Yeah it's the 3 marks. That's why your timing was off. I think the 3 marks mean 16,17 and 18 for timing. Then TDC mark is by itself.
 

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Discussion Starter · #10 ·
Yeah it's the 3 marks. That's why your timing was off. I think the 3 marks mean 16,17 and 18 for timing. Then TDC mark is by itself.
Alright that must be the problem. I was using my advance dial on the timing light and setting it to 16 degrees and couldnt get the single mark anywhere close to 16 degrees. Keep the light at 0 and aim for the middle mark correct?
 

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He had it right before. The timing light advance should be set to 0. The mark on the cover of a B18B engine is already at 16 degrees, and it's meant to align to the middle of the 3 dots.
 

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Discussion Starter · #15 ·
He had it right before. The timing light advance should be set to 0. The mark on the cover of a B18B engine is already at 16 degrees, and it's meant to align to the middle of the 3 dots.

I verified TDC on piston 1, along with the timing marks on the cam, both the sight holes and the lines on cam. Very little slack between the cams on timing belt and tight on front side belt. Keyway looks good still in its spot, no sign of damage or misalignment. Also, tried a new distributor as well, and a spare set of spark plug wires. I was able to get it to 12 degrees consistently. All the way advanced it is still only able to go to 12 degrees. Cold start it idled at around 1200 rpm, when warm it was fluctuating between 730 to 820. Still no CEL. Hooked up to an ECM with hondata and made no difference. Didn't have my laptop to hook up to the hondata ecm to see if anything was way out of wack. When manually revving the motor, it goes to about 2700 rpm and falls on its face. All spark plugs were black with signs of running extremely rich. I don't have a spare afr gauge or I would hook up to it. I don't know what else to try. So far we've fixed multiple CEL, including IAT, MAT, Fast Idle Valve, heated oxygen sensor and IACV. Everything has been replaced or repaired. I had an OBD2 to OBD1 jumper harness for the distributor that we had found there was a loose wire, that we replaced with a good jumper, but now with the new distributor it's obd2 to obd2 no jumper. Plus tried a different known working ECM jumper harness and that made no difference.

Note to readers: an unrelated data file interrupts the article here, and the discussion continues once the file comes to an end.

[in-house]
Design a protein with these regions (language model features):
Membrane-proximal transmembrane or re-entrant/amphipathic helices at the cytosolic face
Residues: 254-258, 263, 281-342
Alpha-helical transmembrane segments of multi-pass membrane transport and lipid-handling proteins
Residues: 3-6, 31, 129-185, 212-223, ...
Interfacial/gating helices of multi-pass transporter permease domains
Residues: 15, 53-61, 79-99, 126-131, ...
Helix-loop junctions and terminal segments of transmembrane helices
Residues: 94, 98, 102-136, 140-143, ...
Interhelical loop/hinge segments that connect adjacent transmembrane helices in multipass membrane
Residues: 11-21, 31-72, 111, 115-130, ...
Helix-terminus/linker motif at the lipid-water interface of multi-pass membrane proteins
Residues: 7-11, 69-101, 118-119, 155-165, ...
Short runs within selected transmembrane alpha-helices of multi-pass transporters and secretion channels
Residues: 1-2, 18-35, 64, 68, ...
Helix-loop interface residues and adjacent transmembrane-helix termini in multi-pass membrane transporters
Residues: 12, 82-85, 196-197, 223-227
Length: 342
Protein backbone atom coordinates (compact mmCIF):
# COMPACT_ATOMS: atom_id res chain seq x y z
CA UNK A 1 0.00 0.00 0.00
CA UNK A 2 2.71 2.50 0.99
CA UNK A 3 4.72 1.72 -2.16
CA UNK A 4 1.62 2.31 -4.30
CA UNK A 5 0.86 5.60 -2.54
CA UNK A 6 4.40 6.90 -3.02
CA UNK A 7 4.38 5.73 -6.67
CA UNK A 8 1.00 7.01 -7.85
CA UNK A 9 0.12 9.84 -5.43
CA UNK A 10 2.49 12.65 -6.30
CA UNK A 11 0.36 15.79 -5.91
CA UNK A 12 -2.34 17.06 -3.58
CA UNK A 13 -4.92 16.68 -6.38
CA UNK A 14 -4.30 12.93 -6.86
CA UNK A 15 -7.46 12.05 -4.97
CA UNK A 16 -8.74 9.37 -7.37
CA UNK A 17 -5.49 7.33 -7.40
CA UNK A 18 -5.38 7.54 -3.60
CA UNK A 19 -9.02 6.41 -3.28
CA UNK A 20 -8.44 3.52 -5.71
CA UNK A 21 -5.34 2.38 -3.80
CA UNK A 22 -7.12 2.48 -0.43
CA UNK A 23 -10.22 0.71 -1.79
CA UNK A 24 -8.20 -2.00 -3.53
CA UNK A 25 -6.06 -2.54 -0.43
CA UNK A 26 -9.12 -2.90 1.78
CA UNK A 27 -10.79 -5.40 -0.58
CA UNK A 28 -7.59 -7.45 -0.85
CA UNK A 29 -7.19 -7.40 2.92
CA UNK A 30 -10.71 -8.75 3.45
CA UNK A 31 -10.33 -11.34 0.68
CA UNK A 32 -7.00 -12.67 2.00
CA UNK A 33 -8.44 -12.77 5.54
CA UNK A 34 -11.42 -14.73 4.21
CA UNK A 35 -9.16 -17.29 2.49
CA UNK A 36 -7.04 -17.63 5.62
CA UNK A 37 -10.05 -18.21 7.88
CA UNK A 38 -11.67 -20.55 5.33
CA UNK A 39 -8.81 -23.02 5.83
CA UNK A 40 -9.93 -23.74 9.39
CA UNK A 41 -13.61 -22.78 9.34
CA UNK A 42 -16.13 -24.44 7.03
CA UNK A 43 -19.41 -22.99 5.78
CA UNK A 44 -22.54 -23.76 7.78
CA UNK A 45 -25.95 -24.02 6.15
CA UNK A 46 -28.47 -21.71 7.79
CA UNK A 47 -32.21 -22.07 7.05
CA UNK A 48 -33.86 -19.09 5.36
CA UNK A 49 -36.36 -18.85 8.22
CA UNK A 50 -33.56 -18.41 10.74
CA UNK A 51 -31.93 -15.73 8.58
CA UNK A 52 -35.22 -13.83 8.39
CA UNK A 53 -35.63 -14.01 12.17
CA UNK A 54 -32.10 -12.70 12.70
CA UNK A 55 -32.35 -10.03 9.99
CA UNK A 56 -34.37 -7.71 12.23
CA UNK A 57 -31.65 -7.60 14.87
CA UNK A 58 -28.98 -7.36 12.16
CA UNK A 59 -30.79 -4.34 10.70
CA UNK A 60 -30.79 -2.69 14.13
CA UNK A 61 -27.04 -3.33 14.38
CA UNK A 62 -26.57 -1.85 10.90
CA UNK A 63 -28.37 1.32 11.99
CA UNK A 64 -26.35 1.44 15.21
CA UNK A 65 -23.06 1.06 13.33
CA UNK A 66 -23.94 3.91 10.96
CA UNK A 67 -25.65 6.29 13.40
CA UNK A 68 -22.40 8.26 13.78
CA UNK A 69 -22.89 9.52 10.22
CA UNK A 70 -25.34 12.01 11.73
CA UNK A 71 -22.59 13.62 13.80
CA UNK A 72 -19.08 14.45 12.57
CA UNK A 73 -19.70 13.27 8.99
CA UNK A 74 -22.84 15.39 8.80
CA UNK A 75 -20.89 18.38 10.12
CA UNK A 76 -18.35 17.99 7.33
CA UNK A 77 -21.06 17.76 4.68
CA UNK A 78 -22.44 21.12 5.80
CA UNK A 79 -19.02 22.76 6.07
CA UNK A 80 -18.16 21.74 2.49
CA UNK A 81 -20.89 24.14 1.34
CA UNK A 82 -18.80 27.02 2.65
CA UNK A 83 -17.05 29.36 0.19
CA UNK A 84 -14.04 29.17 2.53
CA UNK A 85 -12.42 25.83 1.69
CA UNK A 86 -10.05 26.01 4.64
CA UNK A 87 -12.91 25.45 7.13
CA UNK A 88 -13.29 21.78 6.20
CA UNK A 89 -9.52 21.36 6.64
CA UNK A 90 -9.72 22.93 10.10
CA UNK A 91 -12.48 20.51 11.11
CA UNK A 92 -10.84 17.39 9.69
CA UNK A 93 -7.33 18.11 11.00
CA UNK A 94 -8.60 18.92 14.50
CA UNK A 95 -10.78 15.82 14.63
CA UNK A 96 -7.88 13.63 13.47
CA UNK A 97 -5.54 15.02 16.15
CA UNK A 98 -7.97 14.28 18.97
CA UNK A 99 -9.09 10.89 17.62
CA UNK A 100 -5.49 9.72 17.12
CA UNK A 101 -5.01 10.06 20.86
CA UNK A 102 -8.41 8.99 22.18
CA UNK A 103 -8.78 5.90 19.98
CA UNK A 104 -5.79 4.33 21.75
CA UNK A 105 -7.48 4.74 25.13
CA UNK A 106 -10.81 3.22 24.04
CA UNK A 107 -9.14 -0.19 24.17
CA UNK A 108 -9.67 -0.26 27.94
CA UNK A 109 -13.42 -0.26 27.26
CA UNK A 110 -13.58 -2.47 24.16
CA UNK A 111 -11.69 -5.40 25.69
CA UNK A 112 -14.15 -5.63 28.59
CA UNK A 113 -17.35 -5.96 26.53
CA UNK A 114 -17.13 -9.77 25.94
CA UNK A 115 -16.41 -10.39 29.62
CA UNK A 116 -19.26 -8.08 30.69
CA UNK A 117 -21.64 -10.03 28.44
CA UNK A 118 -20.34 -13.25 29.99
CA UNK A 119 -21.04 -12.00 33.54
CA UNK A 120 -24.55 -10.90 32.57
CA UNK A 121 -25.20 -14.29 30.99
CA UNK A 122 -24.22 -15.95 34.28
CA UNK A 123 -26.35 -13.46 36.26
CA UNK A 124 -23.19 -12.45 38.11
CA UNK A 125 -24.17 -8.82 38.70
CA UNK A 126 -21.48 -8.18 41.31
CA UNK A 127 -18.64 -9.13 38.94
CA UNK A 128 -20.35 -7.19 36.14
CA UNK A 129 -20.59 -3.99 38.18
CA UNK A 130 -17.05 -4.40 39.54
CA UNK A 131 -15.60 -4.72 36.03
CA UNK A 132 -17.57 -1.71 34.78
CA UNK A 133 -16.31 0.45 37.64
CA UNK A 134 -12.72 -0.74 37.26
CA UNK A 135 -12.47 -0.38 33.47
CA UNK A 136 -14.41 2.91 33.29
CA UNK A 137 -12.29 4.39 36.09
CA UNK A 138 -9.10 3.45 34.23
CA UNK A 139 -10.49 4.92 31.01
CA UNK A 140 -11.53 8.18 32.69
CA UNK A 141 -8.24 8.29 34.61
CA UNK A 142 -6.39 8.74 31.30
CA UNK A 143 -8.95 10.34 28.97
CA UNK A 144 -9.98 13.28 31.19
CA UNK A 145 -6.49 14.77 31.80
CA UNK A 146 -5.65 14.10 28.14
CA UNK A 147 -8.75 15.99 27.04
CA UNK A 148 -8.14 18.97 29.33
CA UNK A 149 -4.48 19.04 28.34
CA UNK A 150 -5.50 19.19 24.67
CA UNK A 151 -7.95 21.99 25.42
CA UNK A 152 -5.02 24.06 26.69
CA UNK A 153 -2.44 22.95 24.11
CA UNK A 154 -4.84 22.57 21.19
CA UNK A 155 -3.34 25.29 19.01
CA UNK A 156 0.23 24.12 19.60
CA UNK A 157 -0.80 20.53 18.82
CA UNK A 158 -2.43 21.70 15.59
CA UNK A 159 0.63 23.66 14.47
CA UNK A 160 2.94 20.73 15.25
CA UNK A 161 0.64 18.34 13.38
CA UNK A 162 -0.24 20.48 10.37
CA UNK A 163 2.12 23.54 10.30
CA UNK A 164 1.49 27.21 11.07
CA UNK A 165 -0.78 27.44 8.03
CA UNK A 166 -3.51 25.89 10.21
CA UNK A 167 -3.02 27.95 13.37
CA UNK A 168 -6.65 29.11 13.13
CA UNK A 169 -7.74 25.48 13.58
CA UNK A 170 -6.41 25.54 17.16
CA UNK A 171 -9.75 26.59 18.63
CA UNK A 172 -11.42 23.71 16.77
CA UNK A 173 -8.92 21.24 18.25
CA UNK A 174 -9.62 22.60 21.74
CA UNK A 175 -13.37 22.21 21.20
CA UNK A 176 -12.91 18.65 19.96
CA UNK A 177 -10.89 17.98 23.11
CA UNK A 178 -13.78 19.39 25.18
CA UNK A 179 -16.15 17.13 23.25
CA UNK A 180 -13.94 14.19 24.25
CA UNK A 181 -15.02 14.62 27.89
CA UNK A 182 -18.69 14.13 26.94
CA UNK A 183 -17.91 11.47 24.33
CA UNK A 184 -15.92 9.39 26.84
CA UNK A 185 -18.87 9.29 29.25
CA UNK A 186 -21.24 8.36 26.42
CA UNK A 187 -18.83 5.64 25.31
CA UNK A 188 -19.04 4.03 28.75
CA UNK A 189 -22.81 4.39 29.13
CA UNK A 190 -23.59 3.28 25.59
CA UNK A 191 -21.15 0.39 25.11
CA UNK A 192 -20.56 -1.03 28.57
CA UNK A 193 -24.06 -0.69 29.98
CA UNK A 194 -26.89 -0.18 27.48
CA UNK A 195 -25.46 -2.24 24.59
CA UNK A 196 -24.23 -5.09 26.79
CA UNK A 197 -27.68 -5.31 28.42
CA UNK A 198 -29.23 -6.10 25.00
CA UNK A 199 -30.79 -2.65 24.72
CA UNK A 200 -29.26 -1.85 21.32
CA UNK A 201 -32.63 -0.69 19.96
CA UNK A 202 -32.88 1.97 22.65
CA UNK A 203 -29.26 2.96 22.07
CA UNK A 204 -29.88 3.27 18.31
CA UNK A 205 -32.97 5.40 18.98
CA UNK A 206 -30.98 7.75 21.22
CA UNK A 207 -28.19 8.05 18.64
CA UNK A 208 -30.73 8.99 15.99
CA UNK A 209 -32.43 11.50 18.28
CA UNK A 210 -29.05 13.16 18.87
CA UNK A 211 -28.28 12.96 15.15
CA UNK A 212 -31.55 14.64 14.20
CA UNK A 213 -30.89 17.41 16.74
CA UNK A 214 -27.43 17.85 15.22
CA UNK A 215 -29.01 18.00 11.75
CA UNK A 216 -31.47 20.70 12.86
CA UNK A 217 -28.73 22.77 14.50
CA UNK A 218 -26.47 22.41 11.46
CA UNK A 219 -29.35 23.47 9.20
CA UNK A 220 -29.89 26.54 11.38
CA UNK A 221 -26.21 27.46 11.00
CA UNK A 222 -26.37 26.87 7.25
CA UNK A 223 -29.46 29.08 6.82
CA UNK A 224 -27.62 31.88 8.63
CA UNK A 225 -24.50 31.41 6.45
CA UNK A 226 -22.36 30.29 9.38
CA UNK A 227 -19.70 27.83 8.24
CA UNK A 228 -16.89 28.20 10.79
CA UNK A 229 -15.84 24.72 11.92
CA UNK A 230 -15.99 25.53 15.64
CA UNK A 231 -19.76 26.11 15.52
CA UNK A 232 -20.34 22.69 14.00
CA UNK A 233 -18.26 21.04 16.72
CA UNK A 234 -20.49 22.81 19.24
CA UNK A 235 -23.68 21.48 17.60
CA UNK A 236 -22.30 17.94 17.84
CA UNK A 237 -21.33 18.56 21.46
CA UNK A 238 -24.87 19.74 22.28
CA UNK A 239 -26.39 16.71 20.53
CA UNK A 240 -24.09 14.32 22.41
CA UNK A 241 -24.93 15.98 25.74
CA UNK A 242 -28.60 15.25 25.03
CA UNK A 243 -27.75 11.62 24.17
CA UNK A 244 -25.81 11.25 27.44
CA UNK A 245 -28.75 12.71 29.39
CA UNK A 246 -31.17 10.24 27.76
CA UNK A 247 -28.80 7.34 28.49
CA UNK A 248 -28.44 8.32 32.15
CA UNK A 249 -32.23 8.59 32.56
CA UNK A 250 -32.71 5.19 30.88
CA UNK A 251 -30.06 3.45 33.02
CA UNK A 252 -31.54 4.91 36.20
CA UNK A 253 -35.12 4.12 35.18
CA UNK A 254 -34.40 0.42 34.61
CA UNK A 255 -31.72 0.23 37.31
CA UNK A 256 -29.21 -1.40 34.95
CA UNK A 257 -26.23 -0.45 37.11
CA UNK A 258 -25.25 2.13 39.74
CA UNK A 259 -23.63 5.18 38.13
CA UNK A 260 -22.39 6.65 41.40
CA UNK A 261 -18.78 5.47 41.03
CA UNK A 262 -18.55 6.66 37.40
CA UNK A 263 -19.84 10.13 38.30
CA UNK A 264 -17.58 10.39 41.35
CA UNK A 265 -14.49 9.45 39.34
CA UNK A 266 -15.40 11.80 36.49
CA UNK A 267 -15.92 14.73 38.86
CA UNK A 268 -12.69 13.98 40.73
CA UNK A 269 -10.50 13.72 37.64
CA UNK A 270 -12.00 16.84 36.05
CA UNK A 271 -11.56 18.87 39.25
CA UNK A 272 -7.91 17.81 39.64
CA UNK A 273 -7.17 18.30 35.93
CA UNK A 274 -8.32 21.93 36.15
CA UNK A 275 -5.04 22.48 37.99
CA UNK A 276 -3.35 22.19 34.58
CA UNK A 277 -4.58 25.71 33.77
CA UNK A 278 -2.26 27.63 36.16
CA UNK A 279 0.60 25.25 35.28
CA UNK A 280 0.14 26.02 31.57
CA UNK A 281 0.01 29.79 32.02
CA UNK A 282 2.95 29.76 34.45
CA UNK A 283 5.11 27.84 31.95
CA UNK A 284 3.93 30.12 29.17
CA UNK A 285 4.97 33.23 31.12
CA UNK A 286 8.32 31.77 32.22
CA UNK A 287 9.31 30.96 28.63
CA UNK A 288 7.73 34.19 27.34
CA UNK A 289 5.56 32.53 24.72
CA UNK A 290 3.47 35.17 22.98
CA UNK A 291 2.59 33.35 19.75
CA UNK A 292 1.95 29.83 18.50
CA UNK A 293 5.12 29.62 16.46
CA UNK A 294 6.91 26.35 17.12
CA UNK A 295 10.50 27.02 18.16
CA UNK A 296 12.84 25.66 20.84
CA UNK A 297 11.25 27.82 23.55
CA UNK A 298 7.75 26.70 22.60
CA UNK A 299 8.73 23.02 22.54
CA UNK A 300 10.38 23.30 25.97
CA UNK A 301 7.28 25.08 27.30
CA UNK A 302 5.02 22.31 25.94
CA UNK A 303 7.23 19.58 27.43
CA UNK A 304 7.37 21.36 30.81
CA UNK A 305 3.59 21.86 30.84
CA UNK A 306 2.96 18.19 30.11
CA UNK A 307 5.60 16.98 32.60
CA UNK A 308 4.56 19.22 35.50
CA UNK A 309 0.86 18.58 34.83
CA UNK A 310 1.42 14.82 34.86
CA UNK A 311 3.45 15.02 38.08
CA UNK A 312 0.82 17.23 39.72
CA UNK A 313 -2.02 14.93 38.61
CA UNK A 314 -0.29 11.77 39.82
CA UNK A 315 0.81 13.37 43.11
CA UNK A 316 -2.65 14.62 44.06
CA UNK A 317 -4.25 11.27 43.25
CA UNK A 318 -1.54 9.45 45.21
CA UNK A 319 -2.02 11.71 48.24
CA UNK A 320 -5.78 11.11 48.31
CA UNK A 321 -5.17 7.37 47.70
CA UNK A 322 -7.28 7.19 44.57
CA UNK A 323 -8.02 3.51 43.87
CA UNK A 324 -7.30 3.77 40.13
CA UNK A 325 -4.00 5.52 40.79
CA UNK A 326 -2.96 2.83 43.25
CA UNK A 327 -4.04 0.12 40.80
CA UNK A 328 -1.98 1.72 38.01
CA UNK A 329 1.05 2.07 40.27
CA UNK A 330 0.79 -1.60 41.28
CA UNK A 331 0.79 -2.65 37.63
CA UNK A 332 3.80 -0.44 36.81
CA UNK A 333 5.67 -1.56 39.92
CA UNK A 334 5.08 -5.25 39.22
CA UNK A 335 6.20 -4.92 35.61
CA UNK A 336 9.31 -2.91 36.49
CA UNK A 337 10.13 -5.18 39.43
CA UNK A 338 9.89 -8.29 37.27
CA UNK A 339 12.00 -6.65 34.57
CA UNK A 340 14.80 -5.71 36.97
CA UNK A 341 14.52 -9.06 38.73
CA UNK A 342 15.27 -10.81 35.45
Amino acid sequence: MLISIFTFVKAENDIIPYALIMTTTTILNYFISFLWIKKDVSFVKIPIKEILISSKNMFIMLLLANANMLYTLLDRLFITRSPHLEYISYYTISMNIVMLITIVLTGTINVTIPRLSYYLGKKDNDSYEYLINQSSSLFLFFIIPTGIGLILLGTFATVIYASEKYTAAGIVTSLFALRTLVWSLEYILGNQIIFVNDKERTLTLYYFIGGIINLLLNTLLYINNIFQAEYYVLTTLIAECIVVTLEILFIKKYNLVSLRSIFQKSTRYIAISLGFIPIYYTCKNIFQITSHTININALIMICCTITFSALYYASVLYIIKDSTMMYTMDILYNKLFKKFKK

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Alright that must be the problem. I was using my advance dial on the timing light and setting it to 16 degrees and couldnt get the single mark anywhere close to 16 degrees. Keep the light at 0 and aim for the middle mark correct?
I was referring back to this statement. You had it correct when you said to keep the light at 0 and aim to align the middle of the 3 dots to the reference mark on the block. However, setting the gun to 16 and using the TDC mark on the pulley instead should also work.